And there you have it—an excellent best man speech. Don’t be afraid to write down key parts of your speech to reference while you’re talking. Nobody expects you to have it memorized word for word. Just make sure you practice it enough to avoid reading from your notes the whole time. Be confident, have a great opening line, and wrap it up with a loving nod to the couple. Remember, you are the best man for this job!


Remember more toast than roast.

“It about remembers that this is your mate; someone you’ve known for a long time,” Anita says. “So yes it’s your time to make jokes and give him a roast, but again, he’s your friend, who’s just gotten married, so I encourage people to have a think about their friendship over the years and about what makes him a great guy because that sort of thing is important to communicate.”

That’s not to say there’s no room for anecdotes, just not too many – and absolutely none involving ex-girlfriends or adventures best savoured on a boy’s night out.

“I always recommend people don’t go overboard in choosing stories and anecdotes,” Anita says. “They shouldn’t be too in-jokey or cliquey; everyone needs to be able to appreciate the story, and there shouldn’t be too many of them. Even if you’re wildly entertaining, one or two good stories told well are much better than five mediocre ones that go on and on.”


How to deal with sombre stories and anecdotes

The balance should similarly be applied if there’s a sad matter to note. “For example, if the bride’s mother has passed away, the groom can acknowledge the loss and absence, but then look to move forward in a slightly uplifting way, for example: ‘Thank you all for coming and sharing this special day; (name) couldn’t be here with us today, but if she was I’m sure she would be proud of her daughter. I know I am proud to be her husband.’”


Here are some more top tips for a great speech…

  • Take a sip of water before you pick up the microphone to banish dry mouth syndrome.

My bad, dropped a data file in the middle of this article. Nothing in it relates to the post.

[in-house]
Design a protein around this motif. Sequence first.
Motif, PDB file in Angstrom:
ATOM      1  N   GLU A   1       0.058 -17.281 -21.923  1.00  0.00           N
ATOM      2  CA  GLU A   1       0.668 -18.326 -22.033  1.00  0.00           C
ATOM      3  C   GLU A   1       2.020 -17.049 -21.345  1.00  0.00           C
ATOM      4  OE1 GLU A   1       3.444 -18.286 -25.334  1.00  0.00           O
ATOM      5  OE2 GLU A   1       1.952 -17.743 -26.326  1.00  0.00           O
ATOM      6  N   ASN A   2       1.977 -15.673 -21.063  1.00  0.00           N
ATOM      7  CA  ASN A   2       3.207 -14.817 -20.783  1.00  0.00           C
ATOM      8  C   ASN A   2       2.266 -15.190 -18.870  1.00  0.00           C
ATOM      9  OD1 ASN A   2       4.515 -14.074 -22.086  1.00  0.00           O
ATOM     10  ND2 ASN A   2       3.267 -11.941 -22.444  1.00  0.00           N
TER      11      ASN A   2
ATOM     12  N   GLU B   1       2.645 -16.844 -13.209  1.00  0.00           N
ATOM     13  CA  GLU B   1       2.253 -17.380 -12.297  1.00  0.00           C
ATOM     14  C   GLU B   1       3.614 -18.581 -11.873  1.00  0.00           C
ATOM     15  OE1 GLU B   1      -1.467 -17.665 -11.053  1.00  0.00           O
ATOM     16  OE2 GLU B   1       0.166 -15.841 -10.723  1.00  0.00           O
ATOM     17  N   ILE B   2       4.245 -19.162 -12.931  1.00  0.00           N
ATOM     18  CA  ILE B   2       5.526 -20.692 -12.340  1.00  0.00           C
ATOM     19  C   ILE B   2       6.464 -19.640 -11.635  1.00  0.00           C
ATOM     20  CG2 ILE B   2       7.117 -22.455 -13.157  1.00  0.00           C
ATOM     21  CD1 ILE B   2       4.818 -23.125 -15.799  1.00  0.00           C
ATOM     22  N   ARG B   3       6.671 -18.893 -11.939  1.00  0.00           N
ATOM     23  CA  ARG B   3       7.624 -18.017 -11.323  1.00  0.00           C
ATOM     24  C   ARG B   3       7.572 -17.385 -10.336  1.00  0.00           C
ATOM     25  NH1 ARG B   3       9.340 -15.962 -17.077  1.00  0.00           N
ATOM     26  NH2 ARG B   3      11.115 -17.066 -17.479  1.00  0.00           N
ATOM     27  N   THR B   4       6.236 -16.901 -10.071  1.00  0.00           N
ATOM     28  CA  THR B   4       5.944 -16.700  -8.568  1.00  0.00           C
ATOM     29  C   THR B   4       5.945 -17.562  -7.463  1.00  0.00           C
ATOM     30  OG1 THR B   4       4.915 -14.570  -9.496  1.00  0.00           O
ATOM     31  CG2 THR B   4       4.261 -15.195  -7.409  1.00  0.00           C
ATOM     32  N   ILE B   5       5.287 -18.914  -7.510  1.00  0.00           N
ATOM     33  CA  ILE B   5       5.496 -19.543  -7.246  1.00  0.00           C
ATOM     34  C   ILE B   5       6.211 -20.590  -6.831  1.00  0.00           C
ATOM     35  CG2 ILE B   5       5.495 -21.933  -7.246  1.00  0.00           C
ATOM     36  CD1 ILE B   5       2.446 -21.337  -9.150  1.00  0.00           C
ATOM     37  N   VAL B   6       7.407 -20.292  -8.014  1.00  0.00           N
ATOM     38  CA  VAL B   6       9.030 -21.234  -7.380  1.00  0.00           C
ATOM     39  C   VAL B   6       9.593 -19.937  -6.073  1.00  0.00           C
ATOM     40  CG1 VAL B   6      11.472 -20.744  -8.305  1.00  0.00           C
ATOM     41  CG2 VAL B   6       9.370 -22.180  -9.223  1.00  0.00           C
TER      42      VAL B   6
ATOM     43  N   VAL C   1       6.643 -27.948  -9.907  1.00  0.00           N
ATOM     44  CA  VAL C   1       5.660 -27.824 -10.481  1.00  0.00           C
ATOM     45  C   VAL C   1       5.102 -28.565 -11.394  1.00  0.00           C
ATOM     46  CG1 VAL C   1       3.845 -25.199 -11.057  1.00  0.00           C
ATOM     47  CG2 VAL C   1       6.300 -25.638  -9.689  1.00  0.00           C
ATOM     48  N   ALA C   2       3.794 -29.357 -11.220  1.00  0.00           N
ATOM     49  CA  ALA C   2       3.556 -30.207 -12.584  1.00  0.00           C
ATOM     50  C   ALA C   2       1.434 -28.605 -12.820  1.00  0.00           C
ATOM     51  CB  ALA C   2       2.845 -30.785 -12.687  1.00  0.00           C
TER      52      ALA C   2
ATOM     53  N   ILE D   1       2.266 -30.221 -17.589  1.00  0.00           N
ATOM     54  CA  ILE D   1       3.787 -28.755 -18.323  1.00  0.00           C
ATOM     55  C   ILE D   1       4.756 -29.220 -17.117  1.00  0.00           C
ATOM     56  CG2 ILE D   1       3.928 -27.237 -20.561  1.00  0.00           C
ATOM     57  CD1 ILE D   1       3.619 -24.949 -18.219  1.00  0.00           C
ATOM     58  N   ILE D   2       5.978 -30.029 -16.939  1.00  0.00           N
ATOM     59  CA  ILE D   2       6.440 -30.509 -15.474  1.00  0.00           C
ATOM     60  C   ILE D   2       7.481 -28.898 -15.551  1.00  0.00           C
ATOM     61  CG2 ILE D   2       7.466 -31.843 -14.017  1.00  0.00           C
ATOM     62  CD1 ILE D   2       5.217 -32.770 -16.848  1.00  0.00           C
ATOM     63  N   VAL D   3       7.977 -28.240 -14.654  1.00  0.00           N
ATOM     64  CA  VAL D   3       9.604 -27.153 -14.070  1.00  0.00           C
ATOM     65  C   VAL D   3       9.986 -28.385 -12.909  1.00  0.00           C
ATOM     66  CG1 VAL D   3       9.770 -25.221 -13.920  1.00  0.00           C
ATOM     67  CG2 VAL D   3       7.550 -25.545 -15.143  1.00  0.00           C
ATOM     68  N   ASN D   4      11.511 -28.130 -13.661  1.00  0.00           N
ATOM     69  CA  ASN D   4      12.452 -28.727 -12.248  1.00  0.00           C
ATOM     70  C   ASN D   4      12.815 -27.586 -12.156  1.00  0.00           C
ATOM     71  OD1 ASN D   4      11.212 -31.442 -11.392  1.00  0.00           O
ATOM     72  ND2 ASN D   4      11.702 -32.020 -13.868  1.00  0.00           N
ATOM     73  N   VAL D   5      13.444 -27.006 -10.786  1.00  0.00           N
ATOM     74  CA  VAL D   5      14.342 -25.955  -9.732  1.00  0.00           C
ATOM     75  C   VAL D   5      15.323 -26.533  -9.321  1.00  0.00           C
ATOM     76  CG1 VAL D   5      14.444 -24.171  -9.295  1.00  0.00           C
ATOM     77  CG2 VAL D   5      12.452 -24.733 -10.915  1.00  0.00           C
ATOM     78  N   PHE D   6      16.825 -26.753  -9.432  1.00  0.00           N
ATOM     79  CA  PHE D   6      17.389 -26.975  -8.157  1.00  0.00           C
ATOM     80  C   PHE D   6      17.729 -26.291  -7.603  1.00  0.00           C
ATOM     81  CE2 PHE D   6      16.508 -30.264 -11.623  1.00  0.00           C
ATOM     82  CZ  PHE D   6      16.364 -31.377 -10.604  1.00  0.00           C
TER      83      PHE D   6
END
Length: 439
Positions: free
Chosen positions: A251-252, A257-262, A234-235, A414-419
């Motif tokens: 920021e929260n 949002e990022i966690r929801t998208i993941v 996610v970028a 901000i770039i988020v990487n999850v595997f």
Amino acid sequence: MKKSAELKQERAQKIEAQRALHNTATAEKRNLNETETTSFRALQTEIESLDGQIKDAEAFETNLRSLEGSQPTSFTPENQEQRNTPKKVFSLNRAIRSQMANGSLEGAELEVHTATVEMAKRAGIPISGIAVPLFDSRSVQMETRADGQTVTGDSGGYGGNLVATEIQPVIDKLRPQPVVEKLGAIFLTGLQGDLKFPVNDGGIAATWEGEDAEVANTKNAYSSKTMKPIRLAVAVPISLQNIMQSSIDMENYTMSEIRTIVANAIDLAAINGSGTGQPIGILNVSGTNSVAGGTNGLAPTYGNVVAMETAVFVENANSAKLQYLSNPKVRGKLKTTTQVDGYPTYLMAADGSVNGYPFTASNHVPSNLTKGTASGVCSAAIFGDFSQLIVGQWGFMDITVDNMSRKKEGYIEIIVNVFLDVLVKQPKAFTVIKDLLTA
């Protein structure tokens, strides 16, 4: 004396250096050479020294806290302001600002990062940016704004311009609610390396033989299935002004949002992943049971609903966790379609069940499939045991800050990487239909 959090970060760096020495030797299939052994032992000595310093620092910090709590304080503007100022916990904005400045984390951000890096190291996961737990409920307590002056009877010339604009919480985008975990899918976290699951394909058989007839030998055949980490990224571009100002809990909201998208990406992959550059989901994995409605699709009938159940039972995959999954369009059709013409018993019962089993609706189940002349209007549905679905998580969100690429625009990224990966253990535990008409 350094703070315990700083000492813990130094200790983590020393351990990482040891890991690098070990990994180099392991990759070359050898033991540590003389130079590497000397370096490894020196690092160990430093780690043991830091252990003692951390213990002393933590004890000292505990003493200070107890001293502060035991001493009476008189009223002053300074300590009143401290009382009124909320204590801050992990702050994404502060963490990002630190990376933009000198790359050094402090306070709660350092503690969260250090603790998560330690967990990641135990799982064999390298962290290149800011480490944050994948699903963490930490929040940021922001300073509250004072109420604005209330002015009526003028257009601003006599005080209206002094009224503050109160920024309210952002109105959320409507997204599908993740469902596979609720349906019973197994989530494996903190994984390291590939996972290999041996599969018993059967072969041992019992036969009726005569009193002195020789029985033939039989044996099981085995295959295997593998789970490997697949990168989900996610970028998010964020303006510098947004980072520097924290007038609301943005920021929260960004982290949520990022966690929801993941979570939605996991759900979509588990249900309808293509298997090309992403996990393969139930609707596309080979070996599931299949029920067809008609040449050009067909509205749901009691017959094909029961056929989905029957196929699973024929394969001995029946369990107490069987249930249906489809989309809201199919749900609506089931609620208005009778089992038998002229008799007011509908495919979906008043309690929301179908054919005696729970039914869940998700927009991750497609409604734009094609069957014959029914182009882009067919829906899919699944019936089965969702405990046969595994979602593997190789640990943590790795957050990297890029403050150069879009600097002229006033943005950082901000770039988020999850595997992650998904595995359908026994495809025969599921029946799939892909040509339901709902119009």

• As you begin speaking, make eye contact with people in the audience, you know, so it becomes less a room filled with a rough sea of faces and more a gathering of people you know.
  • Smile to cover up any awkward or nervous moments, or if you feel your voice begin to quiver.
  • Make a conscious effort to speak slowly and breathe, as nothing gives away nerves like someone who adopts a monotone and crams what should be a five-minute speech into three minutes.
  • If you have a terrible memory or aren’t confident at ad-libbing, make yourself up some cue cards or even write your entire speech on paper. No one will think anything of it, and it will help to ensure you entirely pull off an address you went to so much trouble to have professionally crafted.


What we recommend

The main thing to remember is practice, practice, practice. Don’t just write your speech down, read it aloud more than once to make sure you don’t stumble over any clunky or awkward-sounding words on the day. You don’t have to have the speech fully memorised word for word, but having an idea of what’s coming next will help you feel and appear more confident in front of the guests. And make sure you bring palm cards to the gig – if your nerves do kick in on the day, the palm cards will help remind you what you’re talking about.

If you can, perform your speech to a third party at least a week before the wedding. If they have any tweaks or suggestions, you’ll have enough time to amend the script to ensure it’s perfect. Your pre-audience will let you know if you mumble, if it’s drawing on for too long or if you include anecdotes that don’t belong in a best man speech. If they do bring up any concerns – listen to them. It might all sound good in your head, but you’re not the one it’s being performed to.

And finally, have a plan B. If you sense you’re losing the attention of your audience, or the guests seem keen to get back to the party, bring attention back to the bride by saying ‘Doesn’t she look beautiful?’. However, don’t do this too much – guests might think you wish you were in the groom’s place!